Commission Models: Up-Front Merchant Vs Trail-Builders

Commission-based advisors tend to (but not always) belong in 1 of 2 camps; up-front merchants and trail-builders.

Up-front merchant’ refers to advisors that take the very maximum up-front commission on offer from an insurance company. If that was say 5% on a lump-sum product, they might look to get €5,000 for selling you a €100k investment product, or €50,000 from a €1m product!

Once you buy the product, they get paid the commission, and unless you buy something again from them, you are not value to them. They don’t get paid anything else after year 1, unless you buy more. You can see why service might drop off the cliff after you have bought the thing you bought if your advisor pursues this model!

Traditionally, some of these advisors were known for ‘churning’ their clients. That is the act of maxing the initial commission, and then a few years later, when there were no commission claw-backs, tell the customer that they actually now have a better investment product available and that they should switch into this new one.

And yes, the advisor in question would look to get another 5% commission from the switch that they instigated. It’s funny but really not funny also. Clients end up paying these commissions through product fees, and all advisors get a terrible name.

This stuff still happens, and some of the most high-profile firms are actively doing it to drive up business value, drive crazy revenues and it’s the client and profession that loses out.

Trail-Builders are insurance brokers/advisors/planners that deliberately reject the large up-front commission, and instead opt for the insurance company to pay them a smaller amount each year over the future of the product, whether that is expected to be 5 or 50 years.

It usually doesn’t end up being any cheaper for the customer, but it does typically point to an advisor that is not going to simply treat you like an animal, milking you for all they can and cast you to the side. They, too are building a business of course and one with a solid going concern, but they tend (not always!) to be more customer-focused and offering real support to clients on an ongoing basis.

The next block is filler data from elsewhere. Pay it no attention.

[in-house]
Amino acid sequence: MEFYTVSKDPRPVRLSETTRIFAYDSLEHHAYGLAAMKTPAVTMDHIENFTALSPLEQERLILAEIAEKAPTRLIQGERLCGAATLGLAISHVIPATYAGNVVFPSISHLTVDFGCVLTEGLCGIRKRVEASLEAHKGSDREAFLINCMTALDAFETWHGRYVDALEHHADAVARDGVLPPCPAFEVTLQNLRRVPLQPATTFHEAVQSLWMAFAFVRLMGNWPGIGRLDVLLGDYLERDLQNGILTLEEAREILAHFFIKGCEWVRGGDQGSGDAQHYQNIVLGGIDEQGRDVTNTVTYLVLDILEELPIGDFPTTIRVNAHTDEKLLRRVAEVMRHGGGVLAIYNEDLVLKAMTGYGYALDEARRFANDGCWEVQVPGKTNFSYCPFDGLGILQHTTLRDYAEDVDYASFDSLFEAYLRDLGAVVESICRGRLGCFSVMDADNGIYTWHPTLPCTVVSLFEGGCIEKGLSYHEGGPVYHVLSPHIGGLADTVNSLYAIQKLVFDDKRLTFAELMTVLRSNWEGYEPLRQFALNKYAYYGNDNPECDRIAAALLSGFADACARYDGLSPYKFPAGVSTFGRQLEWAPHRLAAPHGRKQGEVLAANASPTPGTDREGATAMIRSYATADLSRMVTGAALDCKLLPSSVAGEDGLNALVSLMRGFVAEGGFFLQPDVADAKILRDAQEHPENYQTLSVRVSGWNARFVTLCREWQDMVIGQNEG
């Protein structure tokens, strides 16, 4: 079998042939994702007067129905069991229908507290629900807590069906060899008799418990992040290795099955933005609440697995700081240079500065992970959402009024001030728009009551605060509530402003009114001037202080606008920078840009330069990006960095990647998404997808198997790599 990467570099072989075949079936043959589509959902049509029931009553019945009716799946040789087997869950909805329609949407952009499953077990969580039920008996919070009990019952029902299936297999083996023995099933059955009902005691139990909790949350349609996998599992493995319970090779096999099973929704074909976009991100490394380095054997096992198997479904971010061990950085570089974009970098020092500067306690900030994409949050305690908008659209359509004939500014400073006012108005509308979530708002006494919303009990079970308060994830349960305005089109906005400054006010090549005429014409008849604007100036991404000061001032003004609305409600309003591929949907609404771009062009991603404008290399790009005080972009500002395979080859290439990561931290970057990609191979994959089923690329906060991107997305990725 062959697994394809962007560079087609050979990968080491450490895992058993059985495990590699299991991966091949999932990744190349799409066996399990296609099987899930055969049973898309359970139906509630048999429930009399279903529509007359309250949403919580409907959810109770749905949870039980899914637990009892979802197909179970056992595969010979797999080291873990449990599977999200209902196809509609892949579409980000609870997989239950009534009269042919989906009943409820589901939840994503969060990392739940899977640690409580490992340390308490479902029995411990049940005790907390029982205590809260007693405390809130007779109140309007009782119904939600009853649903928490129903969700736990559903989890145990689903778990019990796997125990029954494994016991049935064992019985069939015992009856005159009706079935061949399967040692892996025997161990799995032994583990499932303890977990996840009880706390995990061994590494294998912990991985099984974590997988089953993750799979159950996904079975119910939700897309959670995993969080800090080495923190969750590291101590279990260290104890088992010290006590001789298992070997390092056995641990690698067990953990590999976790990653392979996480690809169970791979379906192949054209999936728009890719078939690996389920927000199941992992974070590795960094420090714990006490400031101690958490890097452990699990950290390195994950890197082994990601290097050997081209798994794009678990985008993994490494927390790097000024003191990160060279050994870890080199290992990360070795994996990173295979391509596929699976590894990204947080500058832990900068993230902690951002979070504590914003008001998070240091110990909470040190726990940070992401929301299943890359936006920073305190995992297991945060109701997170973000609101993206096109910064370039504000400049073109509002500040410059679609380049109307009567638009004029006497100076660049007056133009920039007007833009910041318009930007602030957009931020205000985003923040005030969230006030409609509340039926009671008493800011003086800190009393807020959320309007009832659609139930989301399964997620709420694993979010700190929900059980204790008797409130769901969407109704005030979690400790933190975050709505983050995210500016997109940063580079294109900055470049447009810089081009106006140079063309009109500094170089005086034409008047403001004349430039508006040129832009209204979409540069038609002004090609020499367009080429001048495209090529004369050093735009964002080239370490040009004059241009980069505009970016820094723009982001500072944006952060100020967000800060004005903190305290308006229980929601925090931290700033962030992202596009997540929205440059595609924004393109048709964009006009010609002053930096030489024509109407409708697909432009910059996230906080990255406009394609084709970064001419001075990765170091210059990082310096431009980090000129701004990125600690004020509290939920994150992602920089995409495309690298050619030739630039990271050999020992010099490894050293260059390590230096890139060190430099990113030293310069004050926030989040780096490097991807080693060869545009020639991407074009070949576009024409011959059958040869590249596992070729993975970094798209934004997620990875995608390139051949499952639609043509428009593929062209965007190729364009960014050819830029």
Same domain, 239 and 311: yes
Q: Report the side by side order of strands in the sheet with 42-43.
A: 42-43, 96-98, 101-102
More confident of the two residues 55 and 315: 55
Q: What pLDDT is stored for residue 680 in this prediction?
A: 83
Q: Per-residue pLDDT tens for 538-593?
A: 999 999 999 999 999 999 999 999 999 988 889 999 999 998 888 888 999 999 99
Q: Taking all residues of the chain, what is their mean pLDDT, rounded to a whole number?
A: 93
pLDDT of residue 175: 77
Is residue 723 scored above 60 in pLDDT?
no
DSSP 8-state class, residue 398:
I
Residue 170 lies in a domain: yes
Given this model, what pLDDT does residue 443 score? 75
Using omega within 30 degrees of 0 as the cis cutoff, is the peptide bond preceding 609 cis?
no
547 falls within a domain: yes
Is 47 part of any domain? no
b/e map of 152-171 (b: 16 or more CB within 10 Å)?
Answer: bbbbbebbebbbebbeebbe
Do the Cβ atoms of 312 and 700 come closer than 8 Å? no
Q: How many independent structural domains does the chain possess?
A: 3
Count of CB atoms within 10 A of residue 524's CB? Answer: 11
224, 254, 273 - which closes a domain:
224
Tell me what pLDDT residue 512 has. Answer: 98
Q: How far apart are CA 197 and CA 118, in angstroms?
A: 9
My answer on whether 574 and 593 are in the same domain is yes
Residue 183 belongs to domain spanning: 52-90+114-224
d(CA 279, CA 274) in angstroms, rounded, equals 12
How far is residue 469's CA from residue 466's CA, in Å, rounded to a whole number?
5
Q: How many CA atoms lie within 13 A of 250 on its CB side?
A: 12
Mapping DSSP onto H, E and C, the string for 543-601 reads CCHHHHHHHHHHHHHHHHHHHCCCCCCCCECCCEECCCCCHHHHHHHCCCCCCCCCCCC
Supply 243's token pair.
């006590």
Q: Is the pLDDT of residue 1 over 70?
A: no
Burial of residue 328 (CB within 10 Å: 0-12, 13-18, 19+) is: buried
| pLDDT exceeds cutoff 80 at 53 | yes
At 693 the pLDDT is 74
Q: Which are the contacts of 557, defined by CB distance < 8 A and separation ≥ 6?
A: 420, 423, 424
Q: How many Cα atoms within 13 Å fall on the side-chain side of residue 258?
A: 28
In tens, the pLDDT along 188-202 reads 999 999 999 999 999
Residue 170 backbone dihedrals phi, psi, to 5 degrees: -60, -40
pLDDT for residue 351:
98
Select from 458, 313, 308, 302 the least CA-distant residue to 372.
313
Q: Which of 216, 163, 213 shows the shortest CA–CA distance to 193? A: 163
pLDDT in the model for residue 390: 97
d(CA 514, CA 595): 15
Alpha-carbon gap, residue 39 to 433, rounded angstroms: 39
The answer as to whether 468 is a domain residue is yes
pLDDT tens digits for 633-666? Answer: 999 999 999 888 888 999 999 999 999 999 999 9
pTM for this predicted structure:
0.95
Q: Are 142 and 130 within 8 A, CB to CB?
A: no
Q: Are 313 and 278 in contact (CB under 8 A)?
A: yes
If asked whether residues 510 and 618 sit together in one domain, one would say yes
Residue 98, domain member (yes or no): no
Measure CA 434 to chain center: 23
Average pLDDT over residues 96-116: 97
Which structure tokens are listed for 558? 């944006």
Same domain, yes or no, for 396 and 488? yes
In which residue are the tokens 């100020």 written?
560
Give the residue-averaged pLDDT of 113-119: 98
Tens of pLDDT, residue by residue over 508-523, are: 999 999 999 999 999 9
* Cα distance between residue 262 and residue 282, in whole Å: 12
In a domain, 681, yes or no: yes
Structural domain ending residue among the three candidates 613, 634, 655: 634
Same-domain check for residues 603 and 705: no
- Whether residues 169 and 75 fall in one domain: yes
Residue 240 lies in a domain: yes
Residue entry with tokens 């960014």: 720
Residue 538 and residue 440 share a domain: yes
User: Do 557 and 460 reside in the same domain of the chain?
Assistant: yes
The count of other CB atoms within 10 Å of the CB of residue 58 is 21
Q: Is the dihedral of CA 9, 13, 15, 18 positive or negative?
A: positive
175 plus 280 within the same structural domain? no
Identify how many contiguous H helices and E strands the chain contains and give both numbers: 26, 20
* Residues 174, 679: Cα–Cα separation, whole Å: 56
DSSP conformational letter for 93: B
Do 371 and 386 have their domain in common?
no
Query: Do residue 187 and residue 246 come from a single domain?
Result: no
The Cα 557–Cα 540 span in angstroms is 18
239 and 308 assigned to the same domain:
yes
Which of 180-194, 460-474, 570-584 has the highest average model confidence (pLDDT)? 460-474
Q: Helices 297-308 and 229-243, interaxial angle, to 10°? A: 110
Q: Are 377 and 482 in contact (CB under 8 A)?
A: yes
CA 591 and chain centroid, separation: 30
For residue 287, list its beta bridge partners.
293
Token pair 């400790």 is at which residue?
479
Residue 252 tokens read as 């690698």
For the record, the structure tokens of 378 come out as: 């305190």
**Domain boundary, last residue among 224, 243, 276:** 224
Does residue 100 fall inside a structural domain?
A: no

Financial Advisors Getting Paid – A mix of Commission & Fees

There are a slowly-growing number of firms who are regulated insurance brokers receiving commissions but are now also charging stand-alone fees for helping clients to formulate a plan or analyse their situation.

This is wonderful to see. Indeed, at Informed Decisions, quite often someone will seek our help but it becomes clear our service is overkill for their situation. We can and do direct them to some of these firms that provide this service. Nothing in it for us, but we’re delighted to help people who sought our guidance, and to help them avoid some of the less scrupulous advisors out there.

Only once they have worked on developing a proper plan, should there be a conversation about implementing any changes or buying any products. For a lot of people, I believe they really shouldn’t buy a product or implement any changes, until they have at least some form of clear and actionable plan that warrants that financial tool to implement it. That, I believe, is a key action required of a financial advisor in Ireland, no matter what form they take.

At Informed Decisions we only support clients on an ongoing (fee-only) basis after they have engaged us to complete a paid MasterPlan. This is a fairly engaged and deep process, to help chart a course for a client’s financial decisions and future. The reality is that not everyone wants to engage in that, or pay the fee!

We have in the past, and will in the future lose potential clients that don’t want to work with us in developing that initial plan. And that is OK by me, as we are committed to ‘No Plan, No Portfolio’ for every client. Sticking to that results in more clarity, more peace-of-mind and better results over the long term for clients.